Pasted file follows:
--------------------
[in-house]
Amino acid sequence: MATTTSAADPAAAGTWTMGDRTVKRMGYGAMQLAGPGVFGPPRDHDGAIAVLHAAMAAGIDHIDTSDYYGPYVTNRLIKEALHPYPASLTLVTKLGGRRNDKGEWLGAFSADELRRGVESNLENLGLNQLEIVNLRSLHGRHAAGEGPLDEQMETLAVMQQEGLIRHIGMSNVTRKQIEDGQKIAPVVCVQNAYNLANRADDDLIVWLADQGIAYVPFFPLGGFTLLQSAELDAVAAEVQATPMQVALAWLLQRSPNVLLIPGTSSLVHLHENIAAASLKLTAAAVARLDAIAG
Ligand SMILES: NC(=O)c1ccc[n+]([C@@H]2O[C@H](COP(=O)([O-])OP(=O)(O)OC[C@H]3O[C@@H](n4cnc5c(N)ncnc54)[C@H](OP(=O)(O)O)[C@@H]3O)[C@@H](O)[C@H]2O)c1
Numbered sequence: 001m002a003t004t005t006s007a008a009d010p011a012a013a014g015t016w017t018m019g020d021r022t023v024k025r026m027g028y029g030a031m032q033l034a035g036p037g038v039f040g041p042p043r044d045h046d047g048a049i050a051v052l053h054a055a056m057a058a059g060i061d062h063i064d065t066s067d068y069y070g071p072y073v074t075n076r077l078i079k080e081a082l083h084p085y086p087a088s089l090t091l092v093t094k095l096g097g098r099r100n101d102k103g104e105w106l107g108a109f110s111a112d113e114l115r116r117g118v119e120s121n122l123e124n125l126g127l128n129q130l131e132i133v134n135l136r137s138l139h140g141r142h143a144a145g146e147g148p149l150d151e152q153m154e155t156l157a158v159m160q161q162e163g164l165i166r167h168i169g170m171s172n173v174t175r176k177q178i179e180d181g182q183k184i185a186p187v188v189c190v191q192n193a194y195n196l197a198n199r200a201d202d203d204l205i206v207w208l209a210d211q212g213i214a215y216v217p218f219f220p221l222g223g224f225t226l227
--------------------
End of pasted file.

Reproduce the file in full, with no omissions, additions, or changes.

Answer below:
[in-house]
Amino acid sequence: MATTTSAADPAAAGTWTMGDRTVKRMGYGAMQLAGPGVFGPPRDHDGAIAVLHAAMAAGIDHIDTSDYYGPYVTNRLIKEALHPYPASLTLVTKLGGRRNDKGEWLGAFSADELRRGVESNLENLGLNQLEIVNLRSLHGRHAAGEGPLDEQMETLAVMQQEGLIRHIGMSNVTRKQIEDGQKIAPVVCVQNAYNLANRADDDLIVWLADQGIAYVPFFPLGGFTLLQSAELDAVAAEVQATPMQVALAWLLQRSPNVLLIPGTSSLVHLHENIAAASLKLTAAAVARLDAIAG
Ligand SMILES: NC(=O)c1ccc[n+]([C@@H]2O[C@H](COP(=O)([O-])OP(=O)(O)OC[C@H]3O[C@@H](n4cnc5c(N)ncnc54)[C@H](OP(=O)(O)O)[C@@H]3O)[C@@H](O)[C@H]2O)c1
Numbered sequence: 001m002a003t004t005t006s007a008a009d010p011a012a013a014g015t016w017t018m019g020d021r022t023v024k025r026m027g028y029g030a031m032q033l034a035g036p037g038v039f040g041p042p043r044d045h046d047g048a049i050a051v052l053h054a055a056m057a058a059g060i061d062h063i064d065t066s067d068y069y070g071p072y073v074t075n076r077l078i079k080e081a082l083h084p085y086p087a088s089l090t091l092v093t094k095l096g097g098r099r100n101d102k103g104e105w106l107g108a109f110s111a112d113e114l115r116r117g118v119e120s121n122l123e124n125l126g127l128n129q130l131e132i133v134n135l136r137s138l139h140g141r142h143a144a145g146e147g148p149l150d151e152q153m154e155t156l157a158v159m160q161q162e163g164l165i166r167h168i169g170m171s172n173v174t175r176k177q178i179e180d181g182q183k184i185a186p187v188v189c190v191q192n193a194y195n196l197a198n199r200a201d202d203d204l205i206v207w208l209a210d211q212g213i214a215y216v217p218f219f220p221l222g223g224f225t226l227